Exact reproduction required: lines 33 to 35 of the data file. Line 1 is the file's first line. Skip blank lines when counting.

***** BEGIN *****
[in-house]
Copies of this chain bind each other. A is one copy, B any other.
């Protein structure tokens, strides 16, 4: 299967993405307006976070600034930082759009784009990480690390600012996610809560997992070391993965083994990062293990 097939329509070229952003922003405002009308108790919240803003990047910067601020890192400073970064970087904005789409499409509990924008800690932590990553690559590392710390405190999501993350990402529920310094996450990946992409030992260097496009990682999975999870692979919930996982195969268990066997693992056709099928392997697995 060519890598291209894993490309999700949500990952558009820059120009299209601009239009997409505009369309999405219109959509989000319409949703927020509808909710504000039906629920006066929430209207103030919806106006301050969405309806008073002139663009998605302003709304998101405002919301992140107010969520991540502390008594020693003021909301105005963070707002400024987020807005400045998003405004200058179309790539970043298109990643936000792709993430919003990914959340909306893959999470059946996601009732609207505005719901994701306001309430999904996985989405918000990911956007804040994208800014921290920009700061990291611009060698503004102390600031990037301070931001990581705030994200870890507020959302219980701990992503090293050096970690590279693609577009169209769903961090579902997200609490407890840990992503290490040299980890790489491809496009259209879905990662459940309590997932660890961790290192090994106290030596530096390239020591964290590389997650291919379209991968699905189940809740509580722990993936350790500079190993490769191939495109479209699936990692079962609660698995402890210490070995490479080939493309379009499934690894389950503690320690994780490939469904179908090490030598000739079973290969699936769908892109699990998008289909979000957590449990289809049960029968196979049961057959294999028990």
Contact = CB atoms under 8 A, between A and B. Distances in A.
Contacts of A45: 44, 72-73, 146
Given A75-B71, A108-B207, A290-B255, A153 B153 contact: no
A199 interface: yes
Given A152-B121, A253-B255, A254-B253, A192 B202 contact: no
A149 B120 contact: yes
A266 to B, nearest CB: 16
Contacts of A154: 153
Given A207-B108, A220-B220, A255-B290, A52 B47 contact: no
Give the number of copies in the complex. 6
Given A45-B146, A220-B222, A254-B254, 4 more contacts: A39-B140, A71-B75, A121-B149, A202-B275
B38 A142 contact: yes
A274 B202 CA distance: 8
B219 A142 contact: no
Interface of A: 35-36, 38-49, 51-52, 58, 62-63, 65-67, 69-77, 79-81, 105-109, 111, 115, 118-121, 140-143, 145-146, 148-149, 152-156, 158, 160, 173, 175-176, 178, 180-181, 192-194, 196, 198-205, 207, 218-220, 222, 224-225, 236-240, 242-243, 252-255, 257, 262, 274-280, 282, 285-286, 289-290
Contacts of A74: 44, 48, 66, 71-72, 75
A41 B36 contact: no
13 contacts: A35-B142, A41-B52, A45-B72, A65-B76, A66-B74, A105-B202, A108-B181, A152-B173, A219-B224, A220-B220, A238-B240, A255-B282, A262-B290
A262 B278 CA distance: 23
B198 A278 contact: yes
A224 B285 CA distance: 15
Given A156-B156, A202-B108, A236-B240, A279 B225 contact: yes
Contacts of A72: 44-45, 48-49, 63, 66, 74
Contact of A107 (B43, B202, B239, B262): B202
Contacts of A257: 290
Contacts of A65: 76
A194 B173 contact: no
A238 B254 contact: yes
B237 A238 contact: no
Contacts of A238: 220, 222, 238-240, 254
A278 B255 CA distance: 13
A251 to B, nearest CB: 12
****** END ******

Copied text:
Contacts of A238: 220, 222, 238-240, 254
A278 B255 CA distance: 13
A251 to B, nearest CB: 12